Abstract: Cannabis Cures: Medical Jurisprudence and the Origins of the War on Drugs examines the emergence of legal regulations on the use of cannabis in the United States during the late nineteenth and early-twentieth centuries. Often considered the golden age of cannabis medicine, Adam Rathge argues this largely understudied period was critical in categorizing cannabis as a potentially dangerous drug and establishing the cultural and legal basis for a bifurcated drug market that ultimately became the foundation for the war on drugs. In contrast to oft-cited paradigms, Rathge contends that marijuana prohibition in the United States was not solely a swift or sudden byproduct of racism and xenophobia toward Mexican immigrants, but instead, contingent on broad evolutions in public health and drug regulation coupled with a sustained concern about the potential dangers of cannabis use dating to the mid-nineteenth century.
Bio: Adam Rathge holds a PhD in American history from Boston College and has written extensively on the history of cannabis in the United States. His article, “Mapping the Muggleheads: New Orleans and the Marijuana Menace, 1920-1930,” is a digital humanities project that deploys interactive scholarship. He is currently the Director of Strategic Operations and Projects for Enrollment Management at the University of Dayton, where he also teaches undergraduate courses in the Department of History.
June 25, Dr. David Guba: “Taming Cannabis: Drugs and Empire in Nineteenth-Century France.”
Abstract: Throughout the nineteenth century, dozens of French pharmacists and physicians developed and prescribed cannabis-based medicines, generally in the form of tinctures but also as pills, edibles, lozenges, and even cigarettes, to treat maladies ranging from the plague and insanity to asthma and migraines. They published numerous dissertations and articles on their research into and the use of these drugs in peer-reviewed medical journals in France and across the West. A close examination of these publications reveals that cannabis-based medicines figured prominently in the early professional development of French medicine during the middle nineteenth century. Most pharmacists at this time believed that cannabis, though a dangerous exotic substance, could be “tamed” by the developing chemistry-based pharmaceutical sciences and—once refined—could be used by physicians to treat a variety of ailments both physical and mental in nature.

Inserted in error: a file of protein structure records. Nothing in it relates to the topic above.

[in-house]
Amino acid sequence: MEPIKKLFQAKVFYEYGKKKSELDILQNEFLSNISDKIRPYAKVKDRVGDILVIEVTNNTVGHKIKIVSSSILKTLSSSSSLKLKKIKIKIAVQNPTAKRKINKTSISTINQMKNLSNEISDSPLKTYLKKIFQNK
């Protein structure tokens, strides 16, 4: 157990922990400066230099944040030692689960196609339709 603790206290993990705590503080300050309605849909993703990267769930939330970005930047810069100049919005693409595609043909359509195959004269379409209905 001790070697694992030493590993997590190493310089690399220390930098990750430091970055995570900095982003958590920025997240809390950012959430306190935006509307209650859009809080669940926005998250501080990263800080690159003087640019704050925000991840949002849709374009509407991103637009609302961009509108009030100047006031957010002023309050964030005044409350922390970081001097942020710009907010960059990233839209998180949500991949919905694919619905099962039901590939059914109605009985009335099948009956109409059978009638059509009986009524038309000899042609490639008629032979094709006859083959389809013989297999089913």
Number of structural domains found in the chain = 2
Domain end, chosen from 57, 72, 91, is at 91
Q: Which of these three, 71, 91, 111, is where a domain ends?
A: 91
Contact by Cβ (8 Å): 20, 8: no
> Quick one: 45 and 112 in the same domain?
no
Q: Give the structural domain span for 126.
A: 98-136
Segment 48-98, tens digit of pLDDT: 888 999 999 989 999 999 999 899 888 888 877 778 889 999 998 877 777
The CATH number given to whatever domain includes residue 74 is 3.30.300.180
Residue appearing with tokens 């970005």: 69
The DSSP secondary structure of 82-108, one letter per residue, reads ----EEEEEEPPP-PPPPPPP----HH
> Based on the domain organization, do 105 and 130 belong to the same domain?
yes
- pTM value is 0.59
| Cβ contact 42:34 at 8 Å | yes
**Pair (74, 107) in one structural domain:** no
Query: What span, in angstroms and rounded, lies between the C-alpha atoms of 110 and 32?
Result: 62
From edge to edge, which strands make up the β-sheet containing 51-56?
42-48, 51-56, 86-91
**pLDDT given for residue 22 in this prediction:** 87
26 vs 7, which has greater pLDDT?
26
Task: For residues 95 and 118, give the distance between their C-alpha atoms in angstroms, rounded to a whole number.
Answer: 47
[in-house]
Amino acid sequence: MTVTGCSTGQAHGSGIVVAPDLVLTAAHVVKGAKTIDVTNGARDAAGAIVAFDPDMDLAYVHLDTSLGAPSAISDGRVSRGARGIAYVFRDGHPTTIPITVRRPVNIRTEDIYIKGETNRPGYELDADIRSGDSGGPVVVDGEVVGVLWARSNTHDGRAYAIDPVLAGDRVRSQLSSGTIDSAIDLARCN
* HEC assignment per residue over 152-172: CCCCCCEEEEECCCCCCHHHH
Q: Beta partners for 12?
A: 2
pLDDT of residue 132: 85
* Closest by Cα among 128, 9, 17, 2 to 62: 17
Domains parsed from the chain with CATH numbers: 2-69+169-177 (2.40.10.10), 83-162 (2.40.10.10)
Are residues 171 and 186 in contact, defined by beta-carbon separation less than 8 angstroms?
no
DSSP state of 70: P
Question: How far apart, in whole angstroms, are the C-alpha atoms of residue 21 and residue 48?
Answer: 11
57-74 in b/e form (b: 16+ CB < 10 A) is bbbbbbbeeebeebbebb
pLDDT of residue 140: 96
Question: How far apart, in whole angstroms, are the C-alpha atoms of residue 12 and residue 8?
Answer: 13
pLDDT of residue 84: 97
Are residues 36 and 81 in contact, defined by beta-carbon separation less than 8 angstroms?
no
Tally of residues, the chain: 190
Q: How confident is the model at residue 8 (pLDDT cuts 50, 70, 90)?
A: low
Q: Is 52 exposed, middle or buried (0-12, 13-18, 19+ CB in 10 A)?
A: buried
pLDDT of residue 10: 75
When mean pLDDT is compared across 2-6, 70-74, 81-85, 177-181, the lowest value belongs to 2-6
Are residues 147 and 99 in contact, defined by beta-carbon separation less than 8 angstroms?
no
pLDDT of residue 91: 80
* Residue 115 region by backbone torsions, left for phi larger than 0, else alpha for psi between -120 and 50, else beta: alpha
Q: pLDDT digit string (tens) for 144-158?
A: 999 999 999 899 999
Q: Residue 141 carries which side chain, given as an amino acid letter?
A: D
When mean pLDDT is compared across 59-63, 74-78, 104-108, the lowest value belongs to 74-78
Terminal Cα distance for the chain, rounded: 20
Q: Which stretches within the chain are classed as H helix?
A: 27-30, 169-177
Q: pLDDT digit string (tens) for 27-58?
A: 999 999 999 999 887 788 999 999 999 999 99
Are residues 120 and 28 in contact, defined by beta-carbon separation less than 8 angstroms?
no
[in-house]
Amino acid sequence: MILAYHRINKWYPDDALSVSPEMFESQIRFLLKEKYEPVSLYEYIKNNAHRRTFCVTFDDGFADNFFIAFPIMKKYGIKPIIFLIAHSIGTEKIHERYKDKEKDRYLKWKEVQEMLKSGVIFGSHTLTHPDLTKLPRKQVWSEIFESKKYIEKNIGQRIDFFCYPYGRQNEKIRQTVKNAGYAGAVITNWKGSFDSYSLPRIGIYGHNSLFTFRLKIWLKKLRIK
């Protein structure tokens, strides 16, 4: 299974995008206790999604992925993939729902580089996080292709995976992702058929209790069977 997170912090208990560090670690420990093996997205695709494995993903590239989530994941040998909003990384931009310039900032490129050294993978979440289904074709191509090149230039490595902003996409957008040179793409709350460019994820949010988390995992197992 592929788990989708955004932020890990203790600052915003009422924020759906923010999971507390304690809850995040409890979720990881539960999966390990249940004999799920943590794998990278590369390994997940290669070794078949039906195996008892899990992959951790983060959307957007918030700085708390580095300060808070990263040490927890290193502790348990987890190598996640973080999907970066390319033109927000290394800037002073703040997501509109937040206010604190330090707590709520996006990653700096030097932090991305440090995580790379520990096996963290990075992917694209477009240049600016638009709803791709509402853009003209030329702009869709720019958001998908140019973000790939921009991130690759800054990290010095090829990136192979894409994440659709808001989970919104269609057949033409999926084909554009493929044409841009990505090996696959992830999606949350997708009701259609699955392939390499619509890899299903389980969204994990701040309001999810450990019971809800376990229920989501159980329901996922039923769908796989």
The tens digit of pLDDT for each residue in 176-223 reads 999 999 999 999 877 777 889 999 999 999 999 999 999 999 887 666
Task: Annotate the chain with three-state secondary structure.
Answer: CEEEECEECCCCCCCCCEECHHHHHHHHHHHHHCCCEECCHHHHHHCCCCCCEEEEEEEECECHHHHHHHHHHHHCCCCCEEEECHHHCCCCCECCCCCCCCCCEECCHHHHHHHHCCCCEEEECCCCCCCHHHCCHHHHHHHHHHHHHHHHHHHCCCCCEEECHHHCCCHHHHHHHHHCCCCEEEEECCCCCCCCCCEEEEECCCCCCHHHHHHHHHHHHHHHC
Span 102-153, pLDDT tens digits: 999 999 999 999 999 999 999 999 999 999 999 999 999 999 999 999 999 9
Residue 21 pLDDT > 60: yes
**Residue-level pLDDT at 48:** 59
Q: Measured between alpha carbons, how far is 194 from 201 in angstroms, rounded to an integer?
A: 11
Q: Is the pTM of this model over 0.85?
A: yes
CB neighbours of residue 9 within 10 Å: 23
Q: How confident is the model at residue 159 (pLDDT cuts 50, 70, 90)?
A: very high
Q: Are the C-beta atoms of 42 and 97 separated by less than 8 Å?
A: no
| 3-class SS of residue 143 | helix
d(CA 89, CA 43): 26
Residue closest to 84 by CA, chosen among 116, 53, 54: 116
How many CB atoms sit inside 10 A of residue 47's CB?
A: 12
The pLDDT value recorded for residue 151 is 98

After cannabis tincture proved ineffective against cholera during an outbreak in Paris in 1848, many medical practitioners in France published articles condemning the drug as more dangerous than effective. And by the 1860s doctors and especially psychiatrists working in French Algeria increasingly published articles on cases of “hashish poisoning” and “hashish-induced insanity” among Muslim North Africans, further adding to the negative swing in perceptions of cannabis as medicine. This paper charts this rise and fall of cannabis as medicine in France across the nineteenth century and argues that, with greater engagement with their colonial history, the French might again play a major role in the medical marijuana movement currently unfolding across the globe.
Bio: David A. Guba, Jr., earned his doctorate at Temple University and currently is Assistant Professor of History at Bard Early College in Baltimore City and Adjunct Associate Professor at the University of Maryland Global Campus. His first book, Taming Cannabis: Drugs and Empire in Nineteenth-Century France (McGill-Queen’s University Press) examines France’s first foray into medical cannabis during the 1800s and the ways in which the country’s imperial ventures in North Africa shaped popular and official perceptions of the drug both then and now. His work on the colonial history of intoxicants in France has also appeared in Salon, Slate, The Conversation, Quartz, Religion News Service, and the Washington Post.
Edward Kremers (1864-1941) was the second Director of the University of Wisconsin Department of Pharmacy (later the UW–Madison School of Pharmacy) and a co-founder of the American Institute of the History of Pharmacy. Throughout his career, he strongly believed in the importance of history and the value of humanistic research in pharmacy and the health sciences. Kremers also encouraged critical thought about drug consumption and control in the United States, encouraging the news media, political leaders, and pharmacy leaders to think about the meanings associated with words like “drug,” “narcotics,” and “medicine.” He opposed prohibitionist impulses and groups, arguing that that restrictive measures would not solve the misuse of certain substances. Kremers also resisted language and policies that placed blame on foreigners for drug addiction or crime.